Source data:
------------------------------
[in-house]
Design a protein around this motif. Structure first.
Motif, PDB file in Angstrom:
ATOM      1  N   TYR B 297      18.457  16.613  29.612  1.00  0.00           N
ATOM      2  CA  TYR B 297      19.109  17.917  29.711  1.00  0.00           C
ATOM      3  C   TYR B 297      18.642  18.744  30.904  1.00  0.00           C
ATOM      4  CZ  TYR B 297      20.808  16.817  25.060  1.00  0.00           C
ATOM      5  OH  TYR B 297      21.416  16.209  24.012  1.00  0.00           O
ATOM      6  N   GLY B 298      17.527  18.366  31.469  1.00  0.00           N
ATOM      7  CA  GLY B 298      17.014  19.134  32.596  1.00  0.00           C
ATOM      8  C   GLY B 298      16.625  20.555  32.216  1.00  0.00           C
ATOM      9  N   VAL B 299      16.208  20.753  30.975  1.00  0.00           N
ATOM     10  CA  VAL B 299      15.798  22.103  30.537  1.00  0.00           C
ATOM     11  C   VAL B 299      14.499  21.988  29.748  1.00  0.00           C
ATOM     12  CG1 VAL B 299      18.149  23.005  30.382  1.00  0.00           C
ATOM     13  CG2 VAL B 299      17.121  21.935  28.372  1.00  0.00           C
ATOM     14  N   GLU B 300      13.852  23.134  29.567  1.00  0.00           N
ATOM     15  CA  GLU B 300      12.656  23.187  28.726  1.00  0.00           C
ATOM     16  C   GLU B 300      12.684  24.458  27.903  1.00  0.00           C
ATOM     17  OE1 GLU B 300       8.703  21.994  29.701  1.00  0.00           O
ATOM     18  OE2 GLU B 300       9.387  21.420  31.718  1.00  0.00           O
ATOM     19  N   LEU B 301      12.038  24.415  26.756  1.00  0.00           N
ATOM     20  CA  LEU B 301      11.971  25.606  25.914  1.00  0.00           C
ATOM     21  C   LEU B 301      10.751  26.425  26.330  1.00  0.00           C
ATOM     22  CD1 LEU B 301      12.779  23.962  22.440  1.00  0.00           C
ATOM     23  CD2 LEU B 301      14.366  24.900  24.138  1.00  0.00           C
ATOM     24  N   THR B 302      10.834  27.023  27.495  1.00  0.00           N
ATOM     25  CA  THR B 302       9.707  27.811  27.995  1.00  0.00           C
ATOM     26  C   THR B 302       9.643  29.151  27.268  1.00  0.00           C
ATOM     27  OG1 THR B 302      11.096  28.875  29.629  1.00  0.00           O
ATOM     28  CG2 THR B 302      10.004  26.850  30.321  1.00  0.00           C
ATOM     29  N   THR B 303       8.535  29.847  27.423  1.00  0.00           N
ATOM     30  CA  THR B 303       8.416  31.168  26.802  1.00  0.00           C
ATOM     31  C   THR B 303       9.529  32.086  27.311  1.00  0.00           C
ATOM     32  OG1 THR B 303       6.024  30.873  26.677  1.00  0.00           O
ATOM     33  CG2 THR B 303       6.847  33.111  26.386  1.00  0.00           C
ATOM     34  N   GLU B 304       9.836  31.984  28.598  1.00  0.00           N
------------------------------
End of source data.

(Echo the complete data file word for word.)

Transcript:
[in-house]
Design a protein around this motif. Structure first.
Motif, PDB file in Angstrom:
ATOM      1  N   TYR B 297      18.457  16.613  29.612  1.00  0.00           N
ATOM      2  CA  TYR B 297      19.109  17.917  29.711  1.00  0.00           C
ATOM      3  C   TYR B 297      18.642  18.744  30.904  1.00  0.00           C
ATOM      4  CZ  TYR B 297      20.808  16.817  25.060  1.00  0.00           C
ATOM      5  OH  TYR B 297      21.416  16.209  24.012  1.00  0.00           O
ATOM      6  N   GLY B 298      17.527  18.366  31.469  1.00  0.00           N
ATOM      7  CA  GLY B 298      17.014  19.134  32.596  1.00  0.00           C
ATOM      8  C   GLY B 298      16.625  20.555  32.216  1.00  0.00           C
ATOM      9  N   VAL B 299      16.208  20.753  30.975  1.00  0.00           N
ATOM     10  CA  VAL B 299      15.798  22.103  30.537  1.00  0.00           C
ATOM     11  C   VAL B 299      14.499  21.988  29.748  1.00  0.00           C
ATOM     12  CG1 VAL B 299      18.149  23.005  30.382  1.00  0.00           C
ATOM     13  CG2 VAL B 299      17.121  21.935  28.372  1.00  0.00           C
ATOM     14  N   GLU B 300      13.852  23.134  29.567  1.00  0.00           N
ATOM     15  CA  GLU B 300      12.656  23.187  28.726  1.00  0.00           C
ATOM     16  C   GLU B 300      12.684  24.458  27.903  1.00  0.00           C
ATOM     17  OE1 GLU B 300       8.703  21.994  29.701  1.00  0.00           O
ATOM     18  OE2 GLU B 300       9.387  21.420  31.718  1.00  0.00           O
ATOM     19  N   LEU B 301      12.038  24.415  26.756  1.00  0.00           N
ATOM     20  CA  LEU B 301      11.971  25.606  25.914  1.00  0.00           C
ATOM     21  C   LEU B 301      10.751  26.425  26.330  1.00  0.00           C
ATOM     22  CD1 LEU B 301      12.779  23.962  22.440  1.00  0.00           C
ATOM     23  CD2 LEU B 301      14.366  24.900  24.138  1.00  0.00           C
ATOM     24  N   THR B 302      10.834  27.023  27.495  1.00  0.00           N
ATOM     25  CA  THR B 302       9.707  27.811  27.995  1.00  0.00           C
ATOM     26  C   THR B 302       9.643  29.151  27.268  1.00  0.00           C
ATOM     27  OG1 THR B 302      11.096  28.875  29.629  1.00  0.00           O
ATOM     28  CG2 THR B 302      10.004  26.850  30.321  1.00  0.00           C
ATOM     29  N   THR B 303       8.535  29.847  27.423  1.00  0.00           N
ATOM     30  CA  THR B 303       8.416  31.168  26.802  1.00  0.00           C
ATOM     31  C   THR B 303       9.529  32.086  27.311  1.00  0.00           C
ATOM     32  OG1 THR B 303       6.024  30.873  26.677  1.00  0.00           O
ATOM     33  CG2 THR B 303       6.847  33.111  26.386  1.00  0.00           C
ATOM     34  N   GLU B 304       9.836  31.984  28.598  1.00  0.00           N